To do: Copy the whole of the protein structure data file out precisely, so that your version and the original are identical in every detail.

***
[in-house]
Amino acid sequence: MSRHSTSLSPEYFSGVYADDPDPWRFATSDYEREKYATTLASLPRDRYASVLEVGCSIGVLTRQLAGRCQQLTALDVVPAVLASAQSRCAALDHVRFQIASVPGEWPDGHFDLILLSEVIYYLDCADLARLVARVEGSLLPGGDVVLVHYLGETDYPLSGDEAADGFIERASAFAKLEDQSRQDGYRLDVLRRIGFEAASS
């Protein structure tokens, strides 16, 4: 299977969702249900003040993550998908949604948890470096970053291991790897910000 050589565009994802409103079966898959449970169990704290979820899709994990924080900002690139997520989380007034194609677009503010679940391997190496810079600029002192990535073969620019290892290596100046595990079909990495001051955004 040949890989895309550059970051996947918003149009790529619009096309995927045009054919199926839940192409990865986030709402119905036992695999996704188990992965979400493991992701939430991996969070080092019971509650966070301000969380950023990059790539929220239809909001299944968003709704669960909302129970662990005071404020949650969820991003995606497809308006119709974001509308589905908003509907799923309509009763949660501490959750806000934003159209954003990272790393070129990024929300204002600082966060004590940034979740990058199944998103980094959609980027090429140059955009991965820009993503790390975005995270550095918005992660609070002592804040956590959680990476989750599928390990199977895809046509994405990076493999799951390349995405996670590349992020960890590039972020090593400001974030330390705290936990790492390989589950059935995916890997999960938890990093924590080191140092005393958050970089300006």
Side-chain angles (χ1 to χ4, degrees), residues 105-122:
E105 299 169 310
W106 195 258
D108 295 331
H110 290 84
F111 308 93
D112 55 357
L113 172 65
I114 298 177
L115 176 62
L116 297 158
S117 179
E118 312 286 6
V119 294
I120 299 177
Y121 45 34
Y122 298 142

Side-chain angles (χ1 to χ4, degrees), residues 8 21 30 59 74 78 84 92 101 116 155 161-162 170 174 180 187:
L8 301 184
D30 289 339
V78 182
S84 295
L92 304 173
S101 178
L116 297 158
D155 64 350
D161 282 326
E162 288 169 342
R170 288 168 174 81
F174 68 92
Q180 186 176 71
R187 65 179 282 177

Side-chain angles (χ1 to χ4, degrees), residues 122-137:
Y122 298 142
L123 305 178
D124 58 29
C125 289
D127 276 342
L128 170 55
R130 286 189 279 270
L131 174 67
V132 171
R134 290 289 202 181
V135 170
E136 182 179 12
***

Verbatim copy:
[in-house]
Amino acid sequence: MSRHSTSLSPEYFSGVYADDPDPWRFATSDYEREKYATTLASLPRDRYASVLEVGCSIGVLTRQLAGRCQQLTALDVVPAVLASAQSRCAALDHVRFQIASVPGEWPDGHFDLILLSEVIYYLDCADLARLVARVEGSLLPGGDVVLVHYLGETDYPLSGDEAADGFIERASAFAKLEDQSRQDGYRLDVLRRIGFEAASS
């Protein structure tokens, strides 16, 4: 299977969702249900003040993550998908949604948890470096970053291991790897910000 050589565009994802409103079966898959449970169990704290979820899709994990924080900002690139997520989380007034194609677009503010679940391997190496810079600029002192990535073969620019290892290596100046595990079909990495001051955004 040949890989895309550059970051996947918003149009790529619009096309995927045009054919199926839940192409990865986030709402119905036992695999996704188990992965979400493991992701939430991996969070080092019971509650966070301000969380950023990059790539929220239809909001299944968003709704669960909302129970662990005071404020949650969820991003995606497809308006119709974001509308589905908003509907799923309509009763949660501490959750806000934003159209954003990272790393070129990024929300204002600082966060004590940034979740990058199944998103980094959609980027090429140059955009991965820009993503790390975005995270550095918005992660609070002592804040956590959680990476989750599928390990199977895809046509994405990076493999799951390349995405996670590349992020960890590039972020090593400001974030330390705290936990790492390989589950059935995916890997999960938890990093924590080191140092005393958050970089300006």
Side-chain angles (χ1 to χ4, degrees), residues 105-122:
E105 299 169 310
W106 195 258
D108 295 331
H110 290 84
F111 308 93
D112 55 357
L113 172 65
I114 298 177
L115 176 62
L116 297 158
S117 179
E118 312 286 6
V119 294
I120 299 177
Y121 45 34
Y122 298 142

Side-chain angles (χ1 to χ4, degrees), residues 8 21 30 59 74 78 84 92 101 116 155 161-162 170 174 180 187:
L8 301 184
D30 289 339
V78 182
S84 295
L92 304 173
S101 178
L116 297 158
D155 64 350
D161 282 326
E162 288 169 342
R170 288 168 174 81
F174 68 92
Q180 186 176 71
R187 65 179 282 177

Side-chain angles (χ1 to χ4, degrees), residues 122-137:
Y122 298 142
L123 305 178
D124 58 29
C125 289
D127 276 342
L128 170 55
R130 286 189 279 270
L131 174 67
V132 171
R134 290 289 202 181
V135 170
E136 182 179 12